Between unitarism and federalism is the General History...

4. Between unitarism and federalism

The struggle of classes and nations in Austria.

Compared to Hungary, political life in Austria was much more stormy, or rather muddled. Its class and national composition clearly doomed it to endless turmoil, and here the internal situation since 1867 is a chain of continuous upheavals, all growing in size and significance, until the imperialist war of 1914-1918. It did not inflict the twofold monarchy of the last blow. The compromise of 1867 found Austria relatively economically weak country - it lagged behind both Germany and France. None of the nations that inhabited this country allocated the bourgeoisie so strong as to ensure an unconditional and decisive preponderance of one nation and its leading role. Hence the increasingly intensified interethnic struggle, which filled at times with completely unexpected content the Constitution just discussed. The main rivals were the Germans and the Czechs, but the unity in their national environment was far away, since the large Czech bourgeoisie was more willing to negotiate agreements with Germany than the urban petty Czech bourgeoisie, the main enemy of the Germans, and on the other hand, the German bourgeoisie did not get on well with the German landlords. It was precisely the German landowning nobility that found the points of contact with the great landowners of other nations of Austria and therefore was not averse to even supporting the nationalist claims of the Czechs and Poles: the feudal lords unite amicably against the German bourgeoisie without distinction of nationality. Politically, the latter was set up for obvious reasons centrally: it needed a fairly strong and unified government that would lead to a struggle with feudal remnants in civil circulation that hampered Austria's industrial development.

Political parties.

Therefore, the political party, representing the interests of the German bourgeoisie in the Reichsrat, appropriated the name "liberal" (or progressive). At the same time, she fully approved the neutral Constitutional order of Austria and willingly called herself "constitutional." On the contrary, the political party of the German aristocracy was almost entirely opposed to the liberals: it insisted on weakening the central government, i.e., on granting more significant rights to the Sejm lands, it was, therefore, a supporter of something similar to federalism. She resolutely opposed the secularization of Austrian family law, the weakening of the school power of the Catholic clergy, the departure from the concordat, which the liberals sought, for the power of the Catholic Church in civilian life was one of the obstacles to capitalist development. The supporters of the aristocrats formed a Catholic party, a conservative party, which went largely to join with the national parties and encouraged the federalistic lusts of the Czechs.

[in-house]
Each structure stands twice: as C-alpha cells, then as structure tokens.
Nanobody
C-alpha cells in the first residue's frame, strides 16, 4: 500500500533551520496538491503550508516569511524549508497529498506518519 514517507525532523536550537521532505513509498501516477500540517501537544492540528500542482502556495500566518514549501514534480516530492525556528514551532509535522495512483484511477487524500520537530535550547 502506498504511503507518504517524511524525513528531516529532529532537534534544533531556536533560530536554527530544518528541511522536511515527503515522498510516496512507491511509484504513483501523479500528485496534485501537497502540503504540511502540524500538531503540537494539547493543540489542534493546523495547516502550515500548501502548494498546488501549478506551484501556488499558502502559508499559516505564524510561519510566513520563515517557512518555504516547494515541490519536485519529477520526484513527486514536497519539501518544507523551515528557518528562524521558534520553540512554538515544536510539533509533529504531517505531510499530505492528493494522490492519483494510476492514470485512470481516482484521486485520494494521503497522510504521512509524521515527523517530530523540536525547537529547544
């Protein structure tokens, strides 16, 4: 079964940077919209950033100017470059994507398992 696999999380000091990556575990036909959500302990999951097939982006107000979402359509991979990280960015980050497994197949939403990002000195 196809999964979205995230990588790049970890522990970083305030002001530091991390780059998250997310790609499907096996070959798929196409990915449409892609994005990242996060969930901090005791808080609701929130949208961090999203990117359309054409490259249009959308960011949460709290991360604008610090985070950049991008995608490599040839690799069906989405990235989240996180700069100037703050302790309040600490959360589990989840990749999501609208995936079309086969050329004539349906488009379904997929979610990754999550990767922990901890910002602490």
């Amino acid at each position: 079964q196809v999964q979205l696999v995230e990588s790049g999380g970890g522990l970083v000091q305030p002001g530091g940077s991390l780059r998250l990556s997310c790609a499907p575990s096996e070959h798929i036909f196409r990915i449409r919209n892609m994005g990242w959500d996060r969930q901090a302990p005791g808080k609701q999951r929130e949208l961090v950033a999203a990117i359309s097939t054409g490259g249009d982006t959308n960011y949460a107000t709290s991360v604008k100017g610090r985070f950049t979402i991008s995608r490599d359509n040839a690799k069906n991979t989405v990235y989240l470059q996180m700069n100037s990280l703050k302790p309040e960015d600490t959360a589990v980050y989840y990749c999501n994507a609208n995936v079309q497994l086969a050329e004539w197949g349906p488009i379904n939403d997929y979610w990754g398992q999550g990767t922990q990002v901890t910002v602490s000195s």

The government of liberals and unitarism.

In the struggle between these two main currents, which turned out to be almost equivalent, Emperor Franz Joseph and his court lost the role of arbiter, who tipped the scales in one direction or another. And he often fluctuated these scales, introducing instability and uncertainty in politics and sometimes leading to a very dangerous crisis. Immediately after the emergence of the new order, he leaned to the side of the liberals, and the liberal ministry carried out a series of laws aimed at strengthening the central authority and weakening the remnants of feudalism in civil use (the administration reform with the abolition of some of the judicial functions that remained with it, the reorganization of the army, and the Reichsrat imposed a ten-year contingent, the strengthening of the financial sector, a significant weakening of the power of the clergy in the field of marriage law and the management of the school case). The triumph of the liberals, however, did not last long. Particularly sharp resistance to their policies came from the Czech Republic and Moravia, where Czech nationalists boycotted the Sejmins, who were in the hands of the government majority, refused to recognize the Reichsrat and demanded the restoration of the "Czech Kingdom" (Bohemia, Moravia, Silesia) on the same, in general terms, on which the independence of Hungary was restored. Quite large popular unrest began in Prague. Other Slavic lands also rose in more or less decisive opposition to the central government: the Galician Diet demanded broad autonomy, the Dalmatian highlanders rose with weapons in their hands. The confusion intensified due to the growth of the strike struggle of the proletariat. And at the end of 1869 the Viennese workers organized a very impressive demonstration under the slogans of universal suffrage and political freedoms. The Reichsrat was going to continue the struggle against the "federalists", but the Slavic deputies all left it, so that the lawful majority hardly survived, and the position of the liberals became extremely difficult.

The Conservative government and "federalism".

The emperor, who is very malleable to clerical agitation and associated with sympathetic sympathies with the aristocratic elements of the country, did not firmly support the liberals, and after the Franco-PUnited States war he turned completely in the opposite direction, putting in power an aristocratic ministry with "federalist" plans. He even announced his full recognition of the rights of the Czech kingdom. A special rescript was already suspended in the Czech Republic of the general Austrian Constitution. But the strongest excitement that engulfed the German bourgeoisie received a very impressive support from Hungarian landowners, who feared major complications from the southern Slavs in case of success of the Czech claims: Hungary made it clear that it would oppose any attempt to transform dualism into "triialism." >